Among the least talked about features of Adobe After Effects are the Render Settings and Output Modules, but understanding how these work will help immeasurably in making your renders more efficient. You can also create templates that contain your commonly used render and output-module settings and share them with your team to ensure that you always get the same quality and consistent output.
How to Create a Render Template
Open the Render Settings dialog box by selecting Edit > Templates > Render Settings.
When the Render Settings Templates window appears, type a new name in the Settings Name field, then press Edit to open the Render Settings.
The Render Settings window has three sections:
The first section is directly linked to your timeline settings and composition panel. You can tweak this to override your current settings in the timeline and composition panel. For example, by rendering only a half-res output of your current composition.
The second section is Time Sampling. You can override the timing of the render by specifying a new frame rate, add fields in the Field Render, and specify settings for motion blur and frame blending. Options for rendering only the work area or the entire span of the composition are also available.
The third section is Options, which allows you to skip already existing files. This is ideal if you’re rendering image sequences, as it won’t re-render anything that’s already been rendered.
Change all of these settings depending on what you need. After tweaking, press OK to save your template.
Creating an Output Module Template
The Output Module takes care of writing all your renders into an actual file. The main things that you need to consider here are the format and the codec if applicable, whether you need to resize your video, and whether you need to render with or without audio.
Select Edit > Templates > Output Module, type a new name in the Settings Name, and select “Edit.”
Choose your preferred format and select which Post-Render Action you would like to happen.
If you select Import and Replace, AE will import and replace the composition with your rendered file.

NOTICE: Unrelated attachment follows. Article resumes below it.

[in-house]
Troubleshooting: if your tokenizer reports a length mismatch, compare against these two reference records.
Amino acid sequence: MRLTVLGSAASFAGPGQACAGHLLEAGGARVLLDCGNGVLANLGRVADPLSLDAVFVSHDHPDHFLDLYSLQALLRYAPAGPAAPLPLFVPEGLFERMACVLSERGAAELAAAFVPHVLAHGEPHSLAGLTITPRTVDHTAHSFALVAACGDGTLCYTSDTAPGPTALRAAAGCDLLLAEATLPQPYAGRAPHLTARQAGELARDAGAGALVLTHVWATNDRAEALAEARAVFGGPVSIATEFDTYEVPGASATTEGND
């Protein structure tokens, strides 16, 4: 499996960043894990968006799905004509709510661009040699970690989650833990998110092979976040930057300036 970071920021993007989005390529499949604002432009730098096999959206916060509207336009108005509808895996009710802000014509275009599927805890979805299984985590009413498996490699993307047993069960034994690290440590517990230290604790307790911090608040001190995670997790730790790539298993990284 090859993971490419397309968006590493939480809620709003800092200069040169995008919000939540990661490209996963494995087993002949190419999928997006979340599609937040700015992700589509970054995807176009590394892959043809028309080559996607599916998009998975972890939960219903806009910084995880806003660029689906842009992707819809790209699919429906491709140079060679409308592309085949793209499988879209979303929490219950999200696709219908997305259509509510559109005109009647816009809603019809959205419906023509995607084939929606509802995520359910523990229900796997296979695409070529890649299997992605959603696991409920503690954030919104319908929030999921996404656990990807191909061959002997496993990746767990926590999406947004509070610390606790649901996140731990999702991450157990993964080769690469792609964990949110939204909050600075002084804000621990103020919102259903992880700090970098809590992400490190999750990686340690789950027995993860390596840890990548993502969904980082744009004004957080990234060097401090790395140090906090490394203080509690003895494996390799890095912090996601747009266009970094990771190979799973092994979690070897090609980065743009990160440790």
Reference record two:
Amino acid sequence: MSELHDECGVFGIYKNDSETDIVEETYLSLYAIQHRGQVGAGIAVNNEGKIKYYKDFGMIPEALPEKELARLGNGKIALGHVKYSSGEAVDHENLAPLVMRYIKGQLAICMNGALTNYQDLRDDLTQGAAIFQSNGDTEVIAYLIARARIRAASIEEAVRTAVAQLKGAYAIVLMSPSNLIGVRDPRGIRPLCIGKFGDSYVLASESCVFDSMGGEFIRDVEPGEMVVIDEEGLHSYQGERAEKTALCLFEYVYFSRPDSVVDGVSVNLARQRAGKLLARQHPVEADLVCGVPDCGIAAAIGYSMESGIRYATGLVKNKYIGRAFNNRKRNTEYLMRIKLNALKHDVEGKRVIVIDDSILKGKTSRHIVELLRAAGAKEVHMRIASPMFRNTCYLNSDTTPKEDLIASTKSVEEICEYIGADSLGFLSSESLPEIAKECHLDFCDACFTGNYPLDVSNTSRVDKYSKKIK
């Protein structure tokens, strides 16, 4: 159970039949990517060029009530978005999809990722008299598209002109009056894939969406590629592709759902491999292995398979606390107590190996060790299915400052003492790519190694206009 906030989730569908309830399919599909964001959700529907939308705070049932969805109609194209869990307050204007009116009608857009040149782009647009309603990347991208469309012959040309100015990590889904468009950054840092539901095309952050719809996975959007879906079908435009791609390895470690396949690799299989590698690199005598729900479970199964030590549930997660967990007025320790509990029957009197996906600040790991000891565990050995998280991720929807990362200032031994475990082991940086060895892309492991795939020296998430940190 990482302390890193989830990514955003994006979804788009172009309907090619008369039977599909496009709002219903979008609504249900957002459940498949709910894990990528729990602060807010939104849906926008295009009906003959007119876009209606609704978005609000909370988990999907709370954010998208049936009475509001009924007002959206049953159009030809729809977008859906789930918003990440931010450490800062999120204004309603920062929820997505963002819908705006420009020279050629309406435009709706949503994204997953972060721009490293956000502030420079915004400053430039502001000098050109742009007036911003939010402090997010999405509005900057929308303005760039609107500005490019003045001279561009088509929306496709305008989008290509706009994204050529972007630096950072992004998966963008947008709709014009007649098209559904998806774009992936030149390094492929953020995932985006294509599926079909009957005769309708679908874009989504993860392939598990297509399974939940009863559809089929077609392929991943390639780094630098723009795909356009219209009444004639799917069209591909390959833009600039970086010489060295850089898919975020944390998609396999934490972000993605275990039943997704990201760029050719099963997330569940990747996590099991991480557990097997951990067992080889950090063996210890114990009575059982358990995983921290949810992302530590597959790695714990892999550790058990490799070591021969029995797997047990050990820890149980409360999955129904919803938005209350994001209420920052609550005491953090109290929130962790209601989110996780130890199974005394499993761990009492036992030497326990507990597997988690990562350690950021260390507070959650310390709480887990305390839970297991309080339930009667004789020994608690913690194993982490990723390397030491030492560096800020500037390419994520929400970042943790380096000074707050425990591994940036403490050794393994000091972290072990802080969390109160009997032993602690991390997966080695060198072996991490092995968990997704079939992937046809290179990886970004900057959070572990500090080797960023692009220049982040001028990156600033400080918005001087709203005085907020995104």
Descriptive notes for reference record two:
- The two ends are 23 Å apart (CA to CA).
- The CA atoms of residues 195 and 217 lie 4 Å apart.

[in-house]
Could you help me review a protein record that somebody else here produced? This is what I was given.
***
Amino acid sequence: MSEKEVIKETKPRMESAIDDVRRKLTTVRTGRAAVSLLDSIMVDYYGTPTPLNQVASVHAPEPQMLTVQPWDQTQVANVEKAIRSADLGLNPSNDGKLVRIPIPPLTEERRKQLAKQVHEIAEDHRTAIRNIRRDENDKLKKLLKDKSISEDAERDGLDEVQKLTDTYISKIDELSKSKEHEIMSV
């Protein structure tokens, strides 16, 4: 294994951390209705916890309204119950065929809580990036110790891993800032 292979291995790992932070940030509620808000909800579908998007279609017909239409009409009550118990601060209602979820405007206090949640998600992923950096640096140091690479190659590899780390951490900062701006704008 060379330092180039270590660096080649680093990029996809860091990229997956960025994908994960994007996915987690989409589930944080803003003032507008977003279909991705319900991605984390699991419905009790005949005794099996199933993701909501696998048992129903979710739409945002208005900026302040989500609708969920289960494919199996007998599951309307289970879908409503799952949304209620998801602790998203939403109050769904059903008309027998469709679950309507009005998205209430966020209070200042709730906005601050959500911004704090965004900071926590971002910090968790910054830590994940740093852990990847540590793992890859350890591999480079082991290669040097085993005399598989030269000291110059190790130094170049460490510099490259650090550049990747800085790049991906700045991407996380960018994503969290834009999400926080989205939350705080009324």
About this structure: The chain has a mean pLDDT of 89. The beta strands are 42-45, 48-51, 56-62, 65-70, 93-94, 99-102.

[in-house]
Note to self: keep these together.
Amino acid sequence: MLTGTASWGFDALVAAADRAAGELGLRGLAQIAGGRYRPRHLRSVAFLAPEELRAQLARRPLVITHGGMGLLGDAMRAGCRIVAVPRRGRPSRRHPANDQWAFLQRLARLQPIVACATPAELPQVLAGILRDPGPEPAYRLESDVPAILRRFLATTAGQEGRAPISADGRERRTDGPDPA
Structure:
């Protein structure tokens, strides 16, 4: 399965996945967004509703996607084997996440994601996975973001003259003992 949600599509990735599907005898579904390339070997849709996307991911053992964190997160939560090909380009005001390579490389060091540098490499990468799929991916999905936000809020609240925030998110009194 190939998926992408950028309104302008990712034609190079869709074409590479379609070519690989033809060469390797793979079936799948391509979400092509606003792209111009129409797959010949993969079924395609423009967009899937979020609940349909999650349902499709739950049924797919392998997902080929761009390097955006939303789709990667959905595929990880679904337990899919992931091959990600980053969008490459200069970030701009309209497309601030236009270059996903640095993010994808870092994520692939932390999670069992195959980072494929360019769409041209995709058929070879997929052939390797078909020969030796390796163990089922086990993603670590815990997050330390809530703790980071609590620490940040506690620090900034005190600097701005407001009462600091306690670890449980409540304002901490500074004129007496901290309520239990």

In this project, I have a main composition and another composition that is my background.
My background composition is a bit heavy, so I decided to render it, then chose Import and Replace.
As you can see, AE automatically imported the file for me and replaced my background comp in my main composition with the rendered file. It also didn’t remove my actual comp, so I can still tweak it if I want to, then do another render.
Pre-rendering your animations or composition is a great way to make your final comp a lot lighter, which helps make working in After Effects much faster.
Each format will have its own settings that you can change. For example, selecting “Quicktime” also allows you to select the codec that you prefer. You can do this by pressing the Format Options button, which will then show the Quicktime options with the list of available codecs in your system.
The output module settings also allow you to resize your composition when you render, so instead of creating two separate compositions and having them render one at a time, you can just resize your present composition and render them at the same time. Check the “Resize” tick button, then either input the size you need or choose one of the presets. Don’t forget to set “Resize Quality” to “High” as well. That will give you the best output.
Options for cropping are also available if you need to render only a certain part of your composition.
The last section you can tweak is whether you want to render with or without audio. Set this in the lower section of the output module. You can also specify the sampling rate, bitrate, and whether you want mono or stereo audio.
Once you’re done, press OK. This template will now be available for you to use.
A lot of After Effects users also don’t realize that you can render different codecs, resolutions, and outputs with or without audio in just one go. Just click on the plus sign on the Render Queue to add another output. In the image below, you can see that I’m outputting to different formats and settings, which will all be rendered at the same time.
The actual rendering of the composition is what takes a long time, but writing the renders to a file is fairly quick. If a single render takes 10 minutes, then rendering to these four formats and settings one at a time would take me at least 40 mins. But just adding all the output in a single render allows me to process everything at once. This workflow saves me at least 30 minutes. Imagine how many hours it can save you.
A lot of factors come into play when rendering your work, but knowing the ins and outs of how Render Settings and Output Modules work will help you maximize all your rendering tasks and make your workflow more efficient than ever.
Do you have any questions about anything in this post? Is there other info on working with After Effects or Premiere Pro that you’d like to see? Tell us in the comments below!